I spent February 14 in a banquet hall in Venice’s campo San Samuele, across from a palace whose facade Casanova once climbed to reunite with the neighborhood’s most ravishing Rapunzel. Getting in and out of palaces the hard way appears to be a Venetian phenomenon because my cousin Federico and his now-wife also risked having to shimmy down the drainpipe on that wintry morning, when Lorenzo, their usually obedient four-year-old blocked their front door. It might have been wise to prep the poor child in advance, for when his parents announced their plan to tie the knot that day, the boy threw a tantrum to protect their integrity: ‘Two people from the same family can’t marry each other!’ In the end, their ‘way out’ was a long explanation, long enough, in fact, to make them all late for the ceremony.
Once the proper promises are made, Italian weddings become practical, food-based affairs where relatives get fed until they are too full to grumble and waiters serve slow enough to make us remember the origin of their name—‘wait’. I was seated next to the groom at the bridal table, which is like being on stage, with no one seated directly across. It’s also similar to having a great seat at the theater, with a scenic view of the 26 adult guests with their 1.5 children apiece. The piccoli were each given one color of play-doh as wedding favors and the grandi got breath-mint candies whose colors were equally bright. All the adults wanted to swap—and some not so secretly.
Heading the Let’s-Trade Troupe was Nicolò, my cousin’s closest childhood friend. He was not at all discreet about cajoling his daughter to give up her green clay. She was far too smart for him, but not all the kids were.
From the other side of the room, I watched a shady trade go down.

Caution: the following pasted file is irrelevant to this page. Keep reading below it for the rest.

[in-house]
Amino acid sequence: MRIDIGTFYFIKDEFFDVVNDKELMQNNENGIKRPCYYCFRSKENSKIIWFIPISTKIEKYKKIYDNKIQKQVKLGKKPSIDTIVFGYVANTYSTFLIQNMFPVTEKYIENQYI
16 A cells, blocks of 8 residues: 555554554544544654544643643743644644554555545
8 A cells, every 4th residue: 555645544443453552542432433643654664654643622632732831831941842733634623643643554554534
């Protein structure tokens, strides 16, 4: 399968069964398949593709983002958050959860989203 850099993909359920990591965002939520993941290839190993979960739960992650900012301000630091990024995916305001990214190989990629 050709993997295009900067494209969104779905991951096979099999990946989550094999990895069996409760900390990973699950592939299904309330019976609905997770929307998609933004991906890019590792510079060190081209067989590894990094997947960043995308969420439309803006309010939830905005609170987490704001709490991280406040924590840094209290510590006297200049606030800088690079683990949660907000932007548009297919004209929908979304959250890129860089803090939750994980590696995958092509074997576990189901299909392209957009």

Nicolò. He was still Tom Sawyer tricking the town rowdies into whitewashing the fence for free. He was also the first boy I ever loved. Now 43 and utterly the same.
I leaned in to tell the groom: ‘Avevo una cotta per lui.’
He nodded. That crush was not really confession, just comment. ‘Anche lui si era invaghito di te, mi ricordo.’
‘Lo amo ancora, lo sai?’ That was not a confession either. There was no sin in it.
Federico smiled and thought I was exaggerating.
I wasn’t, of course. That is the prerogative of falling in love at 11 years old. It’s not puppy love. It’s not even Plato. It just is. And in a way, our exchange explains what I mean. Or the fact that I can’t translate those words into English explains it. Or maybe it doesn’t. Maybe love cannot be clarified at all.
Certainly, in every country and every language, humans have done their darnedest to describe infatuation, and they’ve managed to do it in ways that are not always encouraging. Italians say ‘prendersi una cotta’, as if falling in love were akin to ‘getting cooked’. And what about the word ‘invaghito’? Though slightly dated, I hope it never disappears from the dictionary. Look it up and you’ll find ‘to feel desirous’. But make no mistake, its root word is ‘vague’, as in, ‘I feel vague about you’.
Vague? Yep. That’s a crush alright.
Since the wedding, I’ve been brushing up on my love vocabulary. In a Europe whose borders are at risk of re-appearing, it’s best to learn how to love in all languages. As expected, the results of my search have proven exhilarating. In French, a person who falls in love easily is said to have ‘the heart of an artichoke’. In German—well, in German, they describe affection with 17-syllable words that would scare the love right out of you. Those who are crazy in love might like to try: Ich bin bis über beide Ohren verliebt, because only those who are head over heels in love will see the beauty in ‘being up to your ears’ in something. That said, I’m convinced that even the expression ‘head over heels’ was coined by a circus acrobat or a Pilates pro—because the rest of us, just can’t see the pleasure in it. Perhaps that is the point?
But, for better or for worse, by the time you read this article, San Valentino will be a thing of the past. It’s March now. All the posh red coats once posing in shop windows have been replaced with pastel suits in lightweight wool. People have stopped showing their affection by purchasing heart-shaped pillows and cute stuffed kittens. And those of us who love words more than chocolate have finally stopped whining about the poorly translated poetry tucked inside our Baci Perugina. But, if you wasted no time in reading those phrases and unwrapped all the bon-bons in your box at once, confess. It’s not a sin. It’s just sweet exposed chocolate and a case of word-love.
Enjoy more of Linda Falcone’s humorous
insights on Italian culture in her two classic
books published by The Florentine Press!